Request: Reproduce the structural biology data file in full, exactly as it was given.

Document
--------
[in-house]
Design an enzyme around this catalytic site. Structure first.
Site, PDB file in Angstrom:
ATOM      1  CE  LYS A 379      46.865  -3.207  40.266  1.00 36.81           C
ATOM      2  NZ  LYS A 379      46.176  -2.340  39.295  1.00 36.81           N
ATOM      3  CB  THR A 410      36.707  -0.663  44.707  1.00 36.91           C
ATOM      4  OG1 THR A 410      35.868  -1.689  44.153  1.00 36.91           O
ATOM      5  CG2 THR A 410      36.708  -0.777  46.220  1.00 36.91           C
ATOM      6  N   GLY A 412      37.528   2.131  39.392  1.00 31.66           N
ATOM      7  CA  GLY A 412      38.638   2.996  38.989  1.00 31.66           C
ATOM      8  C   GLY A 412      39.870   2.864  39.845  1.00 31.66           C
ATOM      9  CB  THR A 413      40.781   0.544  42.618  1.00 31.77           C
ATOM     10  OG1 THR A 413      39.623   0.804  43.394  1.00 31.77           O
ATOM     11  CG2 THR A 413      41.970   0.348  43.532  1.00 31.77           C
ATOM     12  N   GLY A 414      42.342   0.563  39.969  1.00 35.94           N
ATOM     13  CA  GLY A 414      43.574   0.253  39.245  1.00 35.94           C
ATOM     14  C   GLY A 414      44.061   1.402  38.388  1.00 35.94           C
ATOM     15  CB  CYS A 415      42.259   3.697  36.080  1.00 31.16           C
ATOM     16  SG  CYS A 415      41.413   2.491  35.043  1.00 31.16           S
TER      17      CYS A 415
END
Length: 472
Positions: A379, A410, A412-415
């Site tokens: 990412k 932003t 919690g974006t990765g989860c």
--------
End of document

[in-house]
Design an enzyme around this catalytic site. Structure first.
Site, PDB file in Angstrom:
ATOM      1  CE  LYS A 379      46.865  -3.207  40.266  1.00 36.81           C
ATOM      2  NZ  LYS A 379      46.176  -2.340  39.295  1.00 36.81           N
ATOM      3  CB  THR A 410      36.707  -0.663  44.707  1.00 36.91           C
ATOM      4  OG1 THR A 410      35.868  -1.689  44.153  1.00 36.91           O
ATOM      5  CG2 THR A 410      36.708  -0.777  46.220  1.00 36.91           C
ATOM      6  N   GLY A 412      37.528   2.131  39.392  1.00 31.66           N
ATOM      7  CA  GLY A 412      38.638   2.996  38.989  1.00 31.66           C
ATOM      8  C   GLY A 412      39.870   2.864  39.845  1.00 31.66           C
ATOM      9  CB  THR A 413      40.781   0.544  42.618  1.00 31.77           C
ATOM     10  OG1 THR A 413      39.623   0.804  43.394  1.00 31.77           O
ATOM     11  CG2 THR A 413      41.970   0.348  43.532  1.00 31.77           C
ATOM     12  N   GLY A 414      42.342   0.563  39.969  1.00 35.94           N
ATOM     13  CA  GLY A 414      43.574   0.253  39.245  1.00 35.94           C
ATOM     14  C   GLY A 414      44.061   1.402  38.388  1.00 35.94           C
ATOM     15  CB  CYS A 415      42.259   3.697  36.080  1.00 31.16           C
ATOM     16  SG  CYS A 415      41.413   2.491  35.043  1.00 31.16           S
TER      17      CYS A 415
END
Length: 472
Positions: A379, A410, A412-415
């Site tokens: 990412k 932003t 919690g974006t990765g989860c």